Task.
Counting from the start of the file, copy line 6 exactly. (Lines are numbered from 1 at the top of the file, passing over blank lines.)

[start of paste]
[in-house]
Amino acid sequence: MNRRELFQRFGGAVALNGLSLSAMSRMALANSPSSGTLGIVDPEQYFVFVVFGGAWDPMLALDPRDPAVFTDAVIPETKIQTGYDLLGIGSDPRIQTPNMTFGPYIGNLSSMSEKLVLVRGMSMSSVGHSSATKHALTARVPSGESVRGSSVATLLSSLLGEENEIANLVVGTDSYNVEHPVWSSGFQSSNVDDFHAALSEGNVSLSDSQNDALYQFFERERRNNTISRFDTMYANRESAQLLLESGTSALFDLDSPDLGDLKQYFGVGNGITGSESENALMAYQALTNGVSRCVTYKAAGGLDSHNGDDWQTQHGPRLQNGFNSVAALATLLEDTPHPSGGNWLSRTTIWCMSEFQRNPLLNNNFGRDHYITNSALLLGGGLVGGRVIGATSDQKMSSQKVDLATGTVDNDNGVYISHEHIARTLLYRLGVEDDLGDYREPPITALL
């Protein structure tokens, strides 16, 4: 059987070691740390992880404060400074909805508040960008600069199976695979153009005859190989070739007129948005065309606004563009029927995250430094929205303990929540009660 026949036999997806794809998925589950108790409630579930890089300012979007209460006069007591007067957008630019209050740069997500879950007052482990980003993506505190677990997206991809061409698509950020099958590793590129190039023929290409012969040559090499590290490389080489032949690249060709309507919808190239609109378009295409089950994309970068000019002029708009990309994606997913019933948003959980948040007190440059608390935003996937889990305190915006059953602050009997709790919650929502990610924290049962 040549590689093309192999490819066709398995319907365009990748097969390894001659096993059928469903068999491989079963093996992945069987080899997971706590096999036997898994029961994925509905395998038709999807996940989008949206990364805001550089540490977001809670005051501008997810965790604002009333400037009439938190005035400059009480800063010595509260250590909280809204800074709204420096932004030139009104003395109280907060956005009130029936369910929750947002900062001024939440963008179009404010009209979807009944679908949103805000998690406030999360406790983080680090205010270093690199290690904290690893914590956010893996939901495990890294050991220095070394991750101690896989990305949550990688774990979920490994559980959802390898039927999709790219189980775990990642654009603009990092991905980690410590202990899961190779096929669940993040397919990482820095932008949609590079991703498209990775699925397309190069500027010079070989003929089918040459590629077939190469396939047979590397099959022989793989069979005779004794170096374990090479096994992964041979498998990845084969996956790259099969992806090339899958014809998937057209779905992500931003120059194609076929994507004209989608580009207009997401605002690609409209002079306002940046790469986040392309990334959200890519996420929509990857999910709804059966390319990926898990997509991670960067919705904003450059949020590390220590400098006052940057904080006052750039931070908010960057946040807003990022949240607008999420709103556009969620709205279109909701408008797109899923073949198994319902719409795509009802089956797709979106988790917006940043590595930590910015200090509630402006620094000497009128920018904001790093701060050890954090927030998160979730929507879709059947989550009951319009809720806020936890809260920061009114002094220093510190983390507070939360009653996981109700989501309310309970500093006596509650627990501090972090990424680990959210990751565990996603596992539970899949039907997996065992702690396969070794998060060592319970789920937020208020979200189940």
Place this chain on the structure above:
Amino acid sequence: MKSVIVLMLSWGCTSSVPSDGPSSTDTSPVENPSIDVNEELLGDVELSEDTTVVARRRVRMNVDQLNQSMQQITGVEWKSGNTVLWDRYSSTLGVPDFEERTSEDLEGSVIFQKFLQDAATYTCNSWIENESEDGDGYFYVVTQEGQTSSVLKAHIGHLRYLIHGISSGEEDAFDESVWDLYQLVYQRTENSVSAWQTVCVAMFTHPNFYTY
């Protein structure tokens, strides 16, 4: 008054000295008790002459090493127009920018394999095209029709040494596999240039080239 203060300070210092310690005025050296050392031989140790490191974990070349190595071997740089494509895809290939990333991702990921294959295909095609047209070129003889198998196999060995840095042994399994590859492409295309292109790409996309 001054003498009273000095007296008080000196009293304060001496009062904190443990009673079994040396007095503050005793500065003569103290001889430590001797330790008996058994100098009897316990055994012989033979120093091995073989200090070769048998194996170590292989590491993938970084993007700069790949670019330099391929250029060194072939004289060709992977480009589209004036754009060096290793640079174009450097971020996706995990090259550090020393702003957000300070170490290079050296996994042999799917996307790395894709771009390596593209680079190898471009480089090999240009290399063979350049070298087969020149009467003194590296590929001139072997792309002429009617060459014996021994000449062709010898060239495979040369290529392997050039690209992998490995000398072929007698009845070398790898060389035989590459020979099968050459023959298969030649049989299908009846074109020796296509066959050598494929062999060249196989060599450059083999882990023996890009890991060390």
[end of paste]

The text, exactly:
């Protein structure tokens, strides 16, 4: 008054000295008790002459090493127009920018394999095209029709040494596999240039080239 203060300070210092310690005025050296050392031989140790490191974990070349190595071997740089494509895809290939990333991702990921294959295909095609047209070129003889198998196999060995840095042994399994590859492409295309292109790409996309 001054003498009273000095007296008080000196009293304060001496009062904190443990009673079994040396007095503050005793500065003569103290001889430590001797330790008996058994100098009897316990055994012989033979120093091995073989200090070769048998194996170590292989590491993938970084993007700069790949670019330099391929250029060194072939004289060709992977480009589209004036754009060096290793640079174009450097971020996706995990090259550090020393702003957000300070170490290079050296996994042999799917996307790395894709771009390596593209680079190898471009480089090999240009290399063979350049070298087969020149009467003194590296590929001139072997792309002429009617060459014996021994000449062709010898060239495979040369290529392997050039690209992998490995000398072929007698009845070398790898060389035989590459020979099968050459023959298969030649049989299908009846074109020796296509066959050598494929062999060249196989060599450059083999882990023996890009890991060390």